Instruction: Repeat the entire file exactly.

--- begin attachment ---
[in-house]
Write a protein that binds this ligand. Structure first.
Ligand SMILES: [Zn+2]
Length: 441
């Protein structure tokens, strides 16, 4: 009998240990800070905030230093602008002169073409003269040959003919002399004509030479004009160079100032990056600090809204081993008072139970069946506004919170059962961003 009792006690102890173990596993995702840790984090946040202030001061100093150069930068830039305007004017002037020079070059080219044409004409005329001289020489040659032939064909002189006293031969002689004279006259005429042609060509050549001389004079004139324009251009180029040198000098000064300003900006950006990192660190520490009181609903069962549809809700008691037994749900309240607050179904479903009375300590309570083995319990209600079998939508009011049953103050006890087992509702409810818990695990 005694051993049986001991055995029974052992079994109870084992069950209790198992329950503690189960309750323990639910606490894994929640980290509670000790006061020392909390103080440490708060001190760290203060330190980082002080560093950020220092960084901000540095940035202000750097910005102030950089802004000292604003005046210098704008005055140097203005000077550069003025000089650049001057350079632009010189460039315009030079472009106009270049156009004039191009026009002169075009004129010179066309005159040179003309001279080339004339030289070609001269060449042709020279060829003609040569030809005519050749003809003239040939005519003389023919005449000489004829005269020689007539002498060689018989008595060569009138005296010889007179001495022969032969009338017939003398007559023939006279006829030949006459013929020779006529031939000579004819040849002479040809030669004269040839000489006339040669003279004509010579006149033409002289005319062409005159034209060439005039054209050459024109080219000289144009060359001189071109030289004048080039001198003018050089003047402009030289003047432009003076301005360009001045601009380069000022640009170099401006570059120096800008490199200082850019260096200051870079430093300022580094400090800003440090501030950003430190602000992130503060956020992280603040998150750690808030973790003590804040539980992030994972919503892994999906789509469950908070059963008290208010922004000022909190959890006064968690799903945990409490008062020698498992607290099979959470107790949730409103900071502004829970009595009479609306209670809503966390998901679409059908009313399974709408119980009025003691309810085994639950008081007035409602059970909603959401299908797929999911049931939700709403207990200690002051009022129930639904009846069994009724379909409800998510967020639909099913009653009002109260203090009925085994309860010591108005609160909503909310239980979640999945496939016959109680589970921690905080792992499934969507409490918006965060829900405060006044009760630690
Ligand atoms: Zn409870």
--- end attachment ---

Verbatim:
[in-house]
Write a protein that binds this ligand. Structure first.
Ligand SMILES: [Zn+2]
Length: 441
């Protein structure tokens, strides 16, 4: 009998240990800070905030230093602008002169073409003269040959003919002399004509030479004009160079100032990056600090809204081993008072139970069946506004919170059962961003 009792006690102890173990596993995702840790984090946040202030001061100093150069930068830039305007004017002037020079070059080219044409004409005329001289020489040659032939064909002189006293031969002689004279006259005429042609060509050549001389004079004139324009251009180029040198000098000064300003900006950006990192660190520490009181609903069962549809809700008691037994749900309240607050179904479903009375300590309570083995319990209600079998939508009011049953103050006890087992509702409810818990695990 005694051993049986001991055995029974052992079994109870084992069950209790198992329950503690189960309750323990639910606490894994929640980290509670000790006061020392909390103080440490708060001190760290203060330190980082002080560093950020220092960084901000540095940035202000750097910005102030950089802004000292604003005046210098704008005055140097203005000077550069003025000089650049001057350079632009010189460039315009030079472009106009270049156009004039191009026009002169075009004129010179066309005159040179003309001279080339004339030289070609001269060449042709020279060829003609040569030809005519050749003809003239040939005519003389023919005449000489004829005269020689007539002498060689018989008595060569009138005296010889007179001495022969032969009338017939003398007559023939006279006829030949006459013929020779006529031939000579004819040849002479040809030669004269040839000489006339040669003279004509010579006149033409002289005319062409005159034209060439005039054209050459024109080219000289144009060359001189071109030289004048080039001198003018050089003047402009030289003047432009003076301005360009001045601009380069000022640009170099401006570059120096800008490199200082850019260096200051870079430093300022580094400090800003440090501030950003430190602000992130503060956020992280603040998150750690808030973790003590804040539980992030994972919503892994999906789509469950908070059963008290208010922004000022909190959890006064968690799903945990409490008062020698498992607290099979959470107790949730409103900071502004829970009595009479609306209670809503966390998901679409059908009313399974709408119980009025003691309810085994639950008081007035409602059970909603959401299908797929999911049931939700709403207990200690002051009022129930639904009846069994009724379909409800998510967020639909099913009653009002109260203090009925085994309860010591108005609160909503909310239980979640999945496939016959109680589970921690905080792992499934969507409490918006965060829900405060006044009760630690
Ligand atoms: Zn409870």